Pound wrote The Pisan Cantos on toilet paper while prisoner in an open-air metal cage during WWII, and he spent many of the following years in mental hospitals. “I can get along with crazy people,” he quipped. “It’s only the fools I can’t stand.”
Was General Zhukov the greatest general to order mass executions of his own soldiers? Was he the single most decisive factor in beating Hitler? A new biography opens more questions than it answers.
Byzantium rediscovered. An American in Venice and a forgotten Madonna (which breaks the rules) in Copley Square. Behold an American Hagia Sophia
Who’s at fault for our disastrous politics — both parties? Not a chance, say Washington insiders Ornstein and Mann. Our resident politico fisks their analysis.
This summer’s London Olympics take us back to 1981′s Chariots of Fire, the 1924 Olympics, and the poetry of William Blake. The connection? All remind us of the fragility of glory and our endless wish to make the past present.
Lyndon Johnson rained destruction on Vietnam and championed civil rights, amassed a secret fortune and fought for the needy. His paradoxical life continues in the fourth volume of Robert Caro’s epic biography.
A contentious Supreme Court in the headlines is hardly a new thing – nor is the Court being used for partisan politics and the brinksmanship of history, as Noah Feldman’s Scorpions makes clear
“He calls you a swine,” Walter Lippmann once wrote of H.L. Mencken, “and he increases your will to live.” A reissue of Mencken’s 1926 rabble-rouser Notes on Democracy shows the journalist at his insulting, rejuvenating best.
Open Letters mourns the loss of Gore Vidal, sine qua non, ne plus ultra
In the wake of today’s news from Connecticut, we are reposting a note written by our Executive Editor following the shootings in Aurora earlier this year.
We may never know with certainty what brought Supreme Court Chief Justice John Roberts to cast the deciding vote to uphold the Affordable Care Act and salvage the chief accomplishment of Barack Obama’s presidency. But …
Boston’s iconic Copley Square – with its Trinity Church and its Public Library – is a present-day tourist hotspot, but those visitors hardly suspect the deep and rich history of the area. American Aristocracy continues.
Queen Elizabeth the Queen Mother was a cherished and beloved fixture of the British royal family for almost a century (and would certainly have stolen the show at her daughter’s Diamond Jubilee, had she lived to see it) – but a new book claims the Queen Mum was just an ordinary human being – and not always a very nice one
Just how powerful is Exxon Mobil? Who can they pay off and which governments are they propping up? Steve Coll’s new book explores the dark side of power and light.
She’s occupied the throne of Great Britain and the Commonwealth for 60 years, and in June Queen Elizabeth II celebrates her Diamond Jubilee. Three new biographies try to understand the woman wearing the crown.
McGeorge Bundy, Robert McNamara, RFK, JFK, LBJ–these were the best and the brightest of David Halberstam’s landmark study of American politics during the Vietnam War. The book is now 40 years old and its lessons are as vital as ever.
Intertwining through Boston history: the rich, implacable music of Beethoven and the flinty austerity of the Boston Granite style of architecture – trace the connections, as American Aristocracy continues.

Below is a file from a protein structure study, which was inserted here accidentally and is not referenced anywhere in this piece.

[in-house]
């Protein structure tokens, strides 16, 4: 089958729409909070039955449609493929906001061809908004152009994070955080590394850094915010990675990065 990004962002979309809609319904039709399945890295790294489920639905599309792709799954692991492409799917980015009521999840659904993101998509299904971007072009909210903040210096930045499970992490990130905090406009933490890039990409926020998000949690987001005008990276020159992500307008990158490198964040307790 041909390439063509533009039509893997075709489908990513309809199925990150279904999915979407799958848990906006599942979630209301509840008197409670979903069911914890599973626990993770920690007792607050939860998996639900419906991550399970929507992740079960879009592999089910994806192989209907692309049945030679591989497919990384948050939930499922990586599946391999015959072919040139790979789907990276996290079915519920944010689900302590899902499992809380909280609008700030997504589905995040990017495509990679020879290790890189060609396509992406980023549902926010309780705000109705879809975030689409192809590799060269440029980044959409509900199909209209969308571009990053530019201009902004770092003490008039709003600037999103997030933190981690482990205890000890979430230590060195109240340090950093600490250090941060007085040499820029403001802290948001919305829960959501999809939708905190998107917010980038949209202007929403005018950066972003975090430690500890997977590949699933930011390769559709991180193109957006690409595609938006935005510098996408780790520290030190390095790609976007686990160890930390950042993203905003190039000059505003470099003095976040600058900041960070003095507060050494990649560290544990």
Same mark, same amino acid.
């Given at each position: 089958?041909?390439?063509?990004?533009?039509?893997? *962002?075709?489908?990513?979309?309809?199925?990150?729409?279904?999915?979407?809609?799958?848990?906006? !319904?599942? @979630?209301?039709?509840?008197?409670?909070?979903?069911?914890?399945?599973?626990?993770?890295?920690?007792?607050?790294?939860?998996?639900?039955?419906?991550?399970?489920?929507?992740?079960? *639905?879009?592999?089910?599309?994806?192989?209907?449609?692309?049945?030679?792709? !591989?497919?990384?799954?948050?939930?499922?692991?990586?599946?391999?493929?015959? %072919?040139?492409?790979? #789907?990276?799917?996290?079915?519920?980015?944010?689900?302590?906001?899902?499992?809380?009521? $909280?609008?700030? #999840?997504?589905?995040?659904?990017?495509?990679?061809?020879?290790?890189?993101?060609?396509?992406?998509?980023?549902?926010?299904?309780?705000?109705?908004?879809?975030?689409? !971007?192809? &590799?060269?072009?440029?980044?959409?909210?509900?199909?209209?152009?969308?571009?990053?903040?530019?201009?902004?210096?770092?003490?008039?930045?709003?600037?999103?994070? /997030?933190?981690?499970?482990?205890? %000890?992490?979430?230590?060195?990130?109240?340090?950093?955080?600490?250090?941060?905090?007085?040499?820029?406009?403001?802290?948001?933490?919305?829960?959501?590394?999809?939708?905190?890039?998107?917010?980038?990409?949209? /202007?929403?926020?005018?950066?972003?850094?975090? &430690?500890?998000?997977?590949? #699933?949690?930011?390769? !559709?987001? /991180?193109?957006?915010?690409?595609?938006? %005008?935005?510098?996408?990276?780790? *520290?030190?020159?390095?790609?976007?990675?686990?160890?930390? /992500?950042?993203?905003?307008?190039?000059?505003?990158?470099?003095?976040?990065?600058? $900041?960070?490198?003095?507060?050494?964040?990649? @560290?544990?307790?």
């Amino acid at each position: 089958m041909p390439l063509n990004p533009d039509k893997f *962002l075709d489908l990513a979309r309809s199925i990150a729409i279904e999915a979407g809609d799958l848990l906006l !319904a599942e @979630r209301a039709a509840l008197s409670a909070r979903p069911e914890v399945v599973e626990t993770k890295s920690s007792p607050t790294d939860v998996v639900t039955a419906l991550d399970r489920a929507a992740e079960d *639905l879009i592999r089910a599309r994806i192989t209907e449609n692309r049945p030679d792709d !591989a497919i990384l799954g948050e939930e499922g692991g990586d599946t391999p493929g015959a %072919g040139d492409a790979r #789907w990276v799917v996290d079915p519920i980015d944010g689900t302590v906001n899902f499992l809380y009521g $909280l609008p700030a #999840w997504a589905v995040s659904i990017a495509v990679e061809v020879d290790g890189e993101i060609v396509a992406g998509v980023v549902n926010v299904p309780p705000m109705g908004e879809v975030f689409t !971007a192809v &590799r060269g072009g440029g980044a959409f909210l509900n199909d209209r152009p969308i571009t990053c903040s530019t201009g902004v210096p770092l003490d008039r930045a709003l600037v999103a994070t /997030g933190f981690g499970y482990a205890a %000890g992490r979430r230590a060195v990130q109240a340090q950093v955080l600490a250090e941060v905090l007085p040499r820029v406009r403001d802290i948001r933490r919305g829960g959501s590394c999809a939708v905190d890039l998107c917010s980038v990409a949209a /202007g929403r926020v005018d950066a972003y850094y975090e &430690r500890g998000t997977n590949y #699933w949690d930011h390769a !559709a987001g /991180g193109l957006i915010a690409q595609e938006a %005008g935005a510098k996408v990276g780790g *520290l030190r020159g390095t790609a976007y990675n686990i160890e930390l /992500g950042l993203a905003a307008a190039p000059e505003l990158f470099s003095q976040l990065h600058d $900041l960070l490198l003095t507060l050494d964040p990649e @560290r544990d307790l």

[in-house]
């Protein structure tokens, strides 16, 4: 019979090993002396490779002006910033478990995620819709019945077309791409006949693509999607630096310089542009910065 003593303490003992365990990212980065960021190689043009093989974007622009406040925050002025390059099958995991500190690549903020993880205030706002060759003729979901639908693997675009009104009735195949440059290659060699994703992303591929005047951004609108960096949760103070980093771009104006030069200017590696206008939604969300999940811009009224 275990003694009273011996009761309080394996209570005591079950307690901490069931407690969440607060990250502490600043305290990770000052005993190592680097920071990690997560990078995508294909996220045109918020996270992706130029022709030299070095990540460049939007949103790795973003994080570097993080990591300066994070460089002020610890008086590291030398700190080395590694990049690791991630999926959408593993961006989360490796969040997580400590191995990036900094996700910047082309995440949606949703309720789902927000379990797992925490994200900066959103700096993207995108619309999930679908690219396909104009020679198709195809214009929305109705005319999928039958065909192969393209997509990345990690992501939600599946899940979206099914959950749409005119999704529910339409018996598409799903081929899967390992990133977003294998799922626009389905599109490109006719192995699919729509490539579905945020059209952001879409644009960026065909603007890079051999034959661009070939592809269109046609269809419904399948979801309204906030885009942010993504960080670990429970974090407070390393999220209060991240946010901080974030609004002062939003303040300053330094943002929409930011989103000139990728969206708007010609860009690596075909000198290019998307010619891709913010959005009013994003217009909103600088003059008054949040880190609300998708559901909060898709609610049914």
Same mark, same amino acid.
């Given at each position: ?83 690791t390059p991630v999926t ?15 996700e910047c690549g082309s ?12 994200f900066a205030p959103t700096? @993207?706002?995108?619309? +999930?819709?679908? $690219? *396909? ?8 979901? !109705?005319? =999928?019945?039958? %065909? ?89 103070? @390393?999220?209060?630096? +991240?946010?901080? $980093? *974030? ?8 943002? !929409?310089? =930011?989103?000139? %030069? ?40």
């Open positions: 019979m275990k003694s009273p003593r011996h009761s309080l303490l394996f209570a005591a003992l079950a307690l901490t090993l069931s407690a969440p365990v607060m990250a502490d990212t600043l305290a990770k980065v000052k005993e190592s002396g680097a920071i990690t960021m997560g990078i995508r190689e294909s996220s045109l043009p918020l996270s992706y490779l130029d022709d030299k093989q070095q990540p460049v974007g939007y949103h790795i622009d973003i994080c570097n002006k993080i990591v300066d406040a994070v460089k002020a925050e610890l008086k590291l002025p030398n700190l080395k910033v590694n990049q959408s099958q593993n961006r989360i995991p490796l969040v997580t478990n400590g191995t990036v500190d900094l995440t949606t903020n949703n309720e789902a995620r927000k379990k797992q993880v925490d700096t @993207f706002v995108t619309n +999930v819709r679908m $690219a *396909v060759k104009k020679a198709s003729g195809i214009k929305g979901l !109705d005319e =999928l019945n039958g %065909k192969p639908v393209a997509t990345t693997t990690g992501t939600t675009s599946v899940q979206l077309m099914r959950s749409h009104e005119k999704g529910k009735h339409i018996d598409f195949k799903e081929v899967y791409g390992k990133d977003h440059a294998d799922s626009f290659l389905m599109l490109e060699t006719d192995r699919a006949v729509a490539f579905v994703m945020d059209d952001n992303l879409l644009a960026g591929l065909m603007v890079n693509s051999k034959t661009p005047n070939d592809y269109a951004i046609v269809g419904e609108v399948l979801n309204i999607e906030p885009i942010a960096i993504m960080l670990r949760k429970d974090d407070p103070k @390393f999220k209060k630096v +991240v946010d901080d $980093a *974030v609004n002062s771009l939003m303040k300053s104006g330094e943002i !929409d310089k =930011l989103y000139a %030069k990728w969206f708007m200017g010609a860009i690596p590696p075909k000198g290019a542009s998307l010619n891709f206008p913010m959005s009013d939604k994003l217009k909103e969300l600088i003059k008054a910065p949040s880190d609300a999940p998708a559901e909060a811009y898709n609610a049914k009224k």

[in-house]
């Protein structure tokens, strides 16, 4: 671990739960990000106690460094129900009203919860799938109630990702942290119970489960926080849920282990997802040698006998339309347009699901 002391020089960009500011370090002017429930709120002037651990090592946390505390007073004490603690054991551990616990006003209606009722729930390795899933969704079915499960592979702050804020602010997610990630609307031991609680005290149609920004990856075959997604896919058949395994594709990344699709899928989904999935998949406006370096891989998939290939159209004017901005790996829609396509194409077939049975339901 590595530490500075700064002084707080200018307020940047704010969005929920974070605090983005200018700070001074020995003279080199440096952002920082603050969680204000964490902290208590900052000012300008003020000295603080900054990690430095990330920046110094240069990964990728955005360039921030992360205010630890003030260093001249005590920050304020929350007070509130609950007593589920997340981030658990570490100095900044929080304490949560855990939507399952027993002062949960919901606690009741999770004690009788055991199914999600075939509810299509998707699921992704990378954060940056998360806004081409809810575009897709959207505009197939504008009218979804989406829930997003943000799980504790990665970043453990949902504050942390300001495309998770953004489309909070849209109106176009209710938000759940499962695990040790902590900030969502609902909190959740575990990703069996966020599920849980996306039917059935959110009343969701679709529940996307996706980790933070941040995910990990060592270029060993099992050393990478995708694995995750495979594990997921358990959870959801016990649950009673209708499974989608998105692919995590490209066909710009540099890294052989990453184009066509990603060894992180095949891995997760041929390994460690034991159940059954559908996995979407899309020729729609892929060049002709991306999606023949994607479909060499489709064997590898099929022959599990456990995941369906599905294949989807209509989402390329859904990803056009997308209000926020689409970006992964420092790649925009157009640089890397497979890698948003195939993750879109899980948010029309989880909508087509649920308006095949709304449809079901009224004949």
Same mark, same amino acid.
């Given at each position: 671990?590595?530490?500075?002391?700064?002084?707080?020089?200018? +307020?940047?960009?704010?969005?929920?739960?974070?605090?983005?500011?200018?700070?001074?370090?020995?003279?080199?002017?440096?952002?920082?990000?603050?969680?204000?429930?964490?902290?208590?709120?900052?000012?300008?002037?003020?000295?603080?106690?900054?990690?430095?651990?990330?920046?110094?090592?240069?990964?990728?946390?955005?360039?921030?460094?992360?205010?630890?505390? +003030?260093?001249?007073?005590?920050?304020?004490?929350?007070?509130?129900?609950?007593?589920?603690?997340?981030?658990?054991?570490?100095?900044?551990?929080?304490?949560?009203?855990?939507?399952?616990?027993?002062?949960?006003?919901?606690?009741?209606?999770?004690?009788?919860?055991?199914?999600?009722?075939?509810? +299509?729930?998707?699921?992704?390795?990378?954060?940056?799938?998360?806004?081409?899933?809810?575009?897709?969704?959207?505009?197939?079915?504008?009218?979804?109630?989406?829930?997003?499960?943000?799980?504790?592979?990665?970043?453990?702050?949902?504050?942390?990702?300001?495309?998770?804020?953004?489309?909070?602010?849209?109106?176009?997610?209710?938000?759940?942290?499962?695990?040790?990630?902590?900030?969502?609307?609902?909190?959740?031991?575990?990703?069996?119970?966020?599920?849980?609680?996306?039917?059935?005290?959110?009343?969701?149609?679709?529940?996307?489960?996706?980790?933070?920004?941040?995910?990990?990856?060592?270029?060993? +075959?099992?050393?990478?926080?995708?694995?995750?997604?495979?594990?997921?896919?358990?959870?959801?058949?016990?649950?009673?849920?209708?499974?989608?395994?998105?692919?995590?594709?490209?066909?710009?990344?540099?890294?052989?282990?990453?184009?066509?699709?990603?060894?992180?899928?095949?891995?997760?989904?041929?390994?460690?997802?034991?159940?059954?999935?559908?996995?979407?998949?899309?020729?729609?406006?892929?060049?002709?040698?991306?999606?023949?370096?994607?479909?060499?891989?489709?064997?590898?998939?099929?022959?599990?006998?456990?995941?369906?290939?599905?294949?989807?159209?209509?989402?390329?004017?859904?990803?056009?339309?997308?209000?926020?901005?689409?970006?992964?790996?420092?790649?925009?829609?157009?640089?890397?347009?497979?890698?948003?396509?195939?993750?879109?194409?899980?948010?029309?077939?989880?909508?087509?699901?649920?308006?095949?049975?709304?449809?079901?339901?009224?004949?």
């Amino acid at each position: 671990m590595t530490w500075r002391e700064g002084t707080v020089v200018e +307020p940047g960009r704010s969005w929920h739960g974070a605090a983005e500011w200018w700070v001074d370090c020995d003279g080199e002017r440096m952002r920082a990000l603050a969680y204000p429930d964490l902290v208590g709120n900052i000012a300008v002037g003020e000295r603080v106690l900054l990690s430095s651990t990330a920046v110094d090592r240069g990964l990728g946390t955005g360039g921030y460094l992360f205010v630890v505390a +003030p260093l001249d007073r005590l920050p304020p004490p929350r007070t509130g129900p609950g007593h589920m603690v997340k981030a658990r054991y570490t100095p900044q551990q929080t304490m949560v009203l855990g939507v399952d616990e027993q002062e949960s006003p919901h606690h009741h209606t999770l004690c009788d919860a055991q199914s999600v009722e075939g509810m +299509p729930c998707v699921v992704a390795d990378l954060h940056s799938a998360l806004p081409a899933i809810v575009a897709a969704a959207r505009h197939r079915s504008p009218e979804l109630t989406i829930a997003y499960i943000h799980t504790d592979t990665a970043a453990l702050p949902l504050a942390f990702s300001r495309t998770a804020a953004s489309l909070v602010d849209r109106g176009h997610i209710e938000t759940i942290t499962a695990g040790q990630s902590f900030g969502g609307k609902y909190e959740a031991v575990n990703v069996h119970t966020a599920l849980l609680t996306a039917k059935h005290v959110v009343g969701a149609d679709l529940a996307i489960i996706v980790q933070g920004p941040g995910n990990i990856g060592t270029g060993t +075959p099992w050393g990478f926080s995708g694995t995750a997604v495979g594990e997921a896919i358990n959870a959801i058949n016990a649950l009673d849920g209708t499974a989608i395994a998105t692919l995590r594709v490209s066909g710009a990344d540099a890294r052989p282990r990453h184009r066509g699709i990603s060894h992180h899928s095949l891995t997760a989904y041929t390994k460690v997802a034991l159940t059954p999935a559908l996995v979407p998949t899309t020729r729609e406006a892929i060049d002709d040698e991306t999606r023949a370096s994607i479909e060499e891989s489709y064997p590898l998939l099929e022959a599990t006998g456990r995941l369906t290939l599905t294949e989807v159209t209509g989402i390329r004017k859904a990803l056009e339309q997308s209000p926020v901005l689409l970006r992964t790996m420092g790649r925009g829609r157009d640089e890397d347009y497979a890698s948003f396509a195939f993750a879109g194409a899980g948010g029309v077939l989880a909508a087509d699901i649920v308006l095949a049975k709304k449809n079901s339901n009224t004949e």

Steve Donoghue takes the emperor’s box to thumbs-up or thumbs-down an array of Roman historical novels, as “A Year with the Romans” continues.
Ian Manfred St. Cyr settles in with Maureen Waller’s Sovereign Ladies, a biography of “the six reigning queens of England” and suggests that the author’s headcount may be a little low.
The real mystery of Richard III is not the fate of his nephews, the Princes in the Tower, but why we never tire of telling and re-telling his story. What do we really see when we stare at his enigmatic portrait?
He survived years of dangerous exile, won his crown on the battlefield, and founded one of the most famous dynasties in human history – and yet we still haven’t embraced Henry VII. A spirited new biography seeks to change that.
No form of literature seems as thoroughly doomed in the 21st century as the printed encyclopedia, but even dinosaurs can have rich and rewarding life-stories. Where did we go, before we all went to the Internet?
Ken Layne’s political writing is sharp and raucus, and a novel about a financially devastated near-future United States would seem like a perfect vehicle for more anger. But though that fire is still there, a gentle-but-compelling spiritualist tone has risen to to the fore.
MSNBC’s Rachel Maddow has made a career of joking about easy political targets – so what happens when she tries to deliver a factual inquiry of a serious subject? Nothing funny, as Greg Waldmann discovers.
This month sees the arrival of the long-awaited $250 million dollar Hollywood movie adaptation of Marvel Comics’ Avengers. Lost in all the hype is the rich history of the comic itself; Justin Hickey explores the convergence of pulp and pixels.
The clash between Brahmin liberalism and the legacy of slave-trading focuses on a monument to the men who redeemed a city and ransomed a nation. “American Aristocracy” continues.
A new book takes readers back to a time when, according to historian Ira Shapiro, politics could sometimes be noble and senators could sometimes be giants.